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Economic Calendar – Top 5 Things To Watch This Week

Economic Calendar – Top 5 Things To Watch This Week

 

Investing.com – There’s a gusher of economic reports in the coming week, as the calendar rolls to June from May, with the monthly U.S. jobs report in the spotlight.

Besides the employment data, this week’s holiday-shortened calendar also features a report on personal consumption expenditures (PCE) inflation – the Federal Reserve’s preferred metric for inflation.

Markets in the U.S. will remain closed on Monday for Memorial Day.

Across the Atlantic, traders will focus on the first estimate of euro zone inflation figures, which are likely to lend support to the European Centrals Bank’s decision not to rush stimulus withdrawal.

Meanwhile, in Asia, market participants will be looking ahead to monthly data on China’s manufacturing sector, which is likely to confirm that momentum in the world’s second largest economy remains strong.

On the central bank front, a monetary policy announcement from the Bank of Canada will be in the agenda, though no change is expected.

The market will also have to navigate other things that worry it in the coming week, such as fresh developments on trade negotiations between the U.S. and China as well as President Donald Trump’s planned summit with North Korean leader Kim Jong Unslated for next month.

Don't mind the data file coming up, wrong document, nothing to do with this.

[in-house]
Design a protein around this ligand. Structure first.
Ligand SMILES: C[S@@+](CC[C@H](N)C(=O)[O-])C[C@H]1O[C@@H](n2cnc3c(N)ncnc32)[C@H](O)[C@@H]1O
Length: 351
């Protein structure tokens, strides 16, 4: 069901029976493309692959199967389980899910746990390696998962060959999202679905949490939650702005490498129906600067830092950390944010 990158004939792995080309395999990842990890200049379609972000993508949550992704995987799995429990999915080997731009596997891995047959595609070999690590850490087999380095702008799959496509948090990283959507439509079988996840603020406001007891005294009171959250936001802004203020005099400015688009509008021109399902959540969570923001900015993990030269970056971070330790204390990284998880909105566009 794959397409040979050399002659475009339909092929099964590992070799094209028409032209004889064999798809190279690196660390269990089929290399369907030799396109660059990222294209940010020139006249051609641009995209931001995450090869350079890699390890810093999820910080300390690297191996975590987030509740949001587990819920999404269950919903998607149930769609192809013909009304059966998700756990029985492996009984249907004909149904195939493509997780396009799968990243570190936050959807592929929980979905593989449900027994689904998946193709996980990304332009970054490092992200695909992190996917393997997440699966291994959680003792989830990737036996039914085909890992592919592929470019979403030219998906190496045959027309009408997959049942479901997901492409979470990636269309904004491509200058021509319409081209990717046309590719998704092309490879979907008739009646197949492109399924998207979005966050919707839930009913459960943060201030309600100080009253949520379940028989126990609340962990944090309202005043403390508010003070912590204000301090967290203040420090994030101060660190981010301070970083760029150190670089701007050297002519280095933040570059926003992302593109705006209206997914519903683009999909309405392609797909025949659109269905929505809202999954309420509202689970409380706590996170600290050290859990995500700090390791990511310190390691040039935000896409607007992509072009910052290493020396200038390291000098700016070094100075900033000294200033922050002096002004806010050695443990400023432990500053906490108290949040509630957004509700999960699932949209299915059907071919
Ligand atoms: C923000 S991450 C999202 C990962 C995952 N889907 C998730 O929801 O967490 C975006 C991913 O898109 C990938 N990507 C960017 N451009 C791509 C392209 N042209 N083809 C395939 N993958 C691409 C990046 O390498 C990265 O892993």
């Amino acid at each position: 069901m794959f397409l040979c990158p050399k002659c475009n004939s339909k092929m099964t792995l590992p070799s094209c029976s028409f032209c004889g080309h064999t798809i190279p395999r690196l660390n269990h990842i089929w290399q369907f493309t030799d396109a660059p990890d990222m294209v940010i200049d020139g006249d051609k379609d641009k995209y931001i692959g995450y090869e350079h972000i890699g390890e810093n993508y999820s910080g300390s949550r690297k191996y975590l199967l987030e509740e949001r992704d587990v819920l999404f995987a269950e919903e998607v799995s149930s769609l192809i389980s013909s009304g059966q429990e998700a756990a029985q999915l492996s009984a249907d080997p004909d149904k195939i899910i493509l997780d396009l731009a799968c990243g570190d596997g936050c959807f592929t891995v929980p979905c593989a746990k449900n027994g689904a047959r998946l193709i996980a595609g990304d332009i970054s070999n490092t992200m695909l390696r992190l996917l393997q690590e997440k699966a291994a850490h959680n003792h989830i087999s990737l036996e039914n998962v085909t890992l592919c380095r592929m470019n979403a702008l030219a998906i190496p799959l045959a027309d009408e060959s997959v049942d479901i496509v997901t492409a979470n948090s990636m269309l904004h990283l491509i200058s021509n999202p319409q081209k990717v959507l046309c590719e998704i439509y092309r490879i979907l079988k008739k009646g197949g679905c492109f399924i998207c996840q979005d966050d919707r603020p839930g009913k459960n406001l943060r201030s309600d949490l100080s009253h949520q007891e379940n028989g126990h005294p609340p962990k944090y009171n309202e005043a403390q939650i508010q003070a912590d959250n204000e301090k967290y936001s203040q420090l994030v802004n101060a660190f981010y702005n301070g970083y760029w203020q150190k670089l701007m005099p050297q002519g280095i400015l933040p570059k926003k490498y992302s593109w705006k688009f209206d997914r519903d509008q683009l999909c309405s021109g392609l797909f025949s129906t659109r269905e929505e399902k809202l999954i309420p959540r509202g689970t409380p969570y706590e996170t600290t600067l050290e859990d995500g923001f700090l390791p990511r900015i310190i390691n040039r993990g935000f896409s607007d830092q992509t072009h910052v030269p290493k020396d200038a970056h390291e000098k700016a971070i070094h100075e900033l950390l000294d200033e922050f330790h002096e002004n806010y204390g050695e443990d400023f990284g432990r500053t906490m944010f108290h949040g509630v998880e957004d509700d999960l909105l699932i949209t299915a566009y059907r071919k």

Ahead of the coming week, Investing.com has compiled a list of the five biggest events on the economic calendar that are most likely to affect the markets.

1. U.S. Jobs Report

The U.S. Labor Department will release the nonfarm payrolls report for May at 8:30AM ET (1230GMT) on Friday, and it will be watched more for what it says about wages than hiring.

The consensus forecast is that the data will show jobs growth of 190,000, after adding 164,000 positions in April, while the unemployment rate is seen at 3.9%, matching the near 18-year low hit in April.

However, most of the focus will likely be on average hourly earnings figures, which are expected to rise 0.3%, following a gain of 0.1% a month earlier.

On an annualized basis, wages are forecast to increase 2.7%, a tad faster than the 2.6% gain in April.

2. U.S. PCE Inflation Data

The Commerce Department will publish data personal income and consumer spending for April, which include the personal consumption expenditures (PCE) inflation data, at 8:30AM ET (1230GMT) Thursday.

The consensus forecast is that the report will show that the core PCE price index inched up 0.1% last month, after rising 0.2% a month earlier.

On an annualized basis, core PCE prices are expected to rise 1.8%, compared to a 1.9%-increase in the preceding month.

The Fed uses core PCE as a tool to help determine whether to raise or lower interest rates, with the aim of keeping inflation at a rate of 2% or below.

This week’s calendar also features the second estimate of GDP growth for the first quarter on Wednesday, which is expected to confirm the economy grew 2.3% in the first three months of the year.

Data on CB consumer confidence, ADP private sector payrolls, car sales, trade figures, construction spending and the ISM manufacturing PMI will also be on the agenda.